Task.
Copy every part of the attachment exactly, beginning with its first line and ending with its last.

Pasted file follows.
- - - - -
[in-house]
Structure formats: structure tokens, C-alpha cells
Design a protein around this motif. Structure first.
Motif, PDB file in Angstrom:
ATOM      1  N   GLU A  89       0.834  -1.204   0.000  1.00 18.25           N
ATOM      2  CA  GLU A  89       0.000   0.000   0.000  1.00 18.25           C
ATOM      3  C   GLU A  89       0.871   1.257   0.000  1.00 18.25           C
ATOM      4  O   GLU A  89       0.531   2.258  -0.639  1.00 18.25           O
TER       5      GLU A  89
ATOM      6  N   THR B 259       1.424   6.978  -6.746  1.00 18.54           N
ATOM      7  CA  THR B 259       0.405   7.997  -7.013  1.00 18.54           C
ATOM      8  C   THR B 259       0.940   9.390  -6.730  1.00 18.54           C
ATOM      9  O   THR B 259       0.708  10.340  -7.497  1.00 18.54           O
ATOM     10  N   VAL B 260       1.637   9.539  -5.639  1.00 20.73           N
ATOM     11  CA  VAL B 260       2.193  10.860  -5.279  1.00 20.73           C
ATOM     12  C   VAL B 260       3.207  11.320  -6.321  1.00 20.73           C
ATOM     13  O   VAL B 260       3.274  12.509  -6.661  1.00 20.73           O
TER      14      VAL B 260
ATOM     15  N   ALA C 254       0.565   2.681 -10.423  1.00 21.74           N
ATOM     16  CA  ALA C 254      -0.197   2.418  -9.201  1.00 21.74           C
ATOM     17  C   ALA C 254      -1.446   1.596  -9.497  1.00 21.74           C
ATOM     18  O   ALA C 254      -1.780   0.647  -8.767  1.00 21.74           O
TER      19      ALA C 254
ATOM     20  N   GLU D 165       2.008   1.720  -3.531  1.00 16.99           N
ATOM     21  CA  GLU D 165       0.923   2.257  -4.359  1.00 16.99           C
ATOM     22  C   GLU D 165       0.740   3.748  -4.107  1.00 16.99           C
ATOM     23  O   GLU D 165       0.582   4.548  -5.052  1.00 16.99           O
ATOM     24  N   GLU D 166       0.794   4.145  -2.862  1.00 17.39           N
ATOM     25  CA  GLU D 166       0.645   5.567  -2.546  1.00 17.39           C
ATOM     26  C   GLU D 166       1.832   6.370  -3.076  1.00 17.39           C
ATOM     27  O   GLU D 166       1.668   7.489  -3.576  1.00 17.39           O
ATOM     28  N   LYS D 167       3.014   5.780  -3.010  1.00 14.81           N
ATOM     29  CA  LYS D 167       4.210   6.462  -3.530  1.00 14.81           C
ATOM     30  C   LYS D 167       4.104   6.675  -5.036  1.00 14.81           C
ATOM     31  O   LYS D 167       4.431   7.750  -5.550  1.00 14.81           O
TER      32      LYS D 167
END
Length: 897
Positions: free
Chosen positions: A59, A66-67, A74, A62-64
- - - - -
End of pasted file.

[in-house]
Structure formats: structure tokens, C-alpha cells
Design a protein around this motif. Structure first.
Motif, PDB file in Angstrom:
ATOM      1  N   GLU A  89       0.834  -1.204   0.000  1.00 18.25           N
ATOM      2  CA  GLU A  89       0.000   0.000   0.000  1.00 18.25           C
ATOM      3  C   GLU A  89       0.871   1.257   0.000  1.00 18.25           C
ATOM      4  O   GLU A  89       0.531   2.258  -0.639  1.00 18.25           O
TER       5      GLU A  89
ATOM      6  N   THR B 259       1.424   6.978  -6.746  1.00 18.54           N
ATOM      7  CA  THR B 259       0.405   7.997  -7.013  1.00 18.54           C
ATOM      8  C   THR B 259       0.940   9.390  -6.730  1.00 18.54           C
ATOM      9  O   THR B 259       0.708  10.340  -7.497  1.00 18.54           O
ATOM     10  N   VAL B 260       1.637   9.539  -5.639  1.00 20.73           N
ATOM     11  CA  VAL B 260       2.193  10.860  -5.279  1.00 20.73           C
ATOM     12  C   VAL B 260       3.207  11.320  -6.321  1.00 20.73           C
ATOM     13  O   VAL B 260       3.274  12.509  -6.661  1.00 20.73           O
TER      14      VAL B 260
ATOM     15  N   ALA C 254       0.565   2.681 -10.423  1.00 21.74           N
ATOM     16  CA  ALA C 254      -0.197   2.418  -9.201  1.00 21.74           C
ATOM     17  C   ALA C 254      -1.446   1.596  -9.497  1.00 21.74           C
ATOM     18  O   ALA C 254      -1.780   0.647  -8.767  1.00 21.74           O
TER      19      ALA C 254
ATOM     20  N   GLU D 165       2.008   1.720  -3.531  1.00 16.99           N
ATOM     21  CA  GLU D 165       0.923   2.257  -4.359  1.00 16.99           C
ATOM     22  C   GLU D 165       0.740   3.748  -4.107  1.00 16.99           C
ATOM     23  O   GLU D 165       0.582   4.548  -5.052  1.00 16.99           O
ATOM     24  N   GLU D 166       0.794   4.145  -2.862  1.00 17.39           N
ATOM     25  CA  GLU D 166       0.645   5.567  -2.546  1.00 17.39           C
ATOM     26  C   GLU D 166       1.832   6.370  -3.076  1.00 17.39           C
ATOM     27  O   GLU D 166       1.668   7.489  -3.576  1.00 17.39           O
ATOM     28  N   LYS D 167       3.014   5.780  -3.010  1.00 14.81           N
ATOM     29  CA  LYS D 167       4.210   6.462  -3.530  1.00 14.81           C
ATOM     30  C   LYS D 167       4.104   6.675  -5.036  1.00 14.81           C
ATOM     31  O   LYS D 167       4.431   7.750  -5.550  1.00 14.81           O
TER      32      LYS D 167
END
Length: 897
Positions: free
Chosen positions: A59, A66-67, A74, A62-64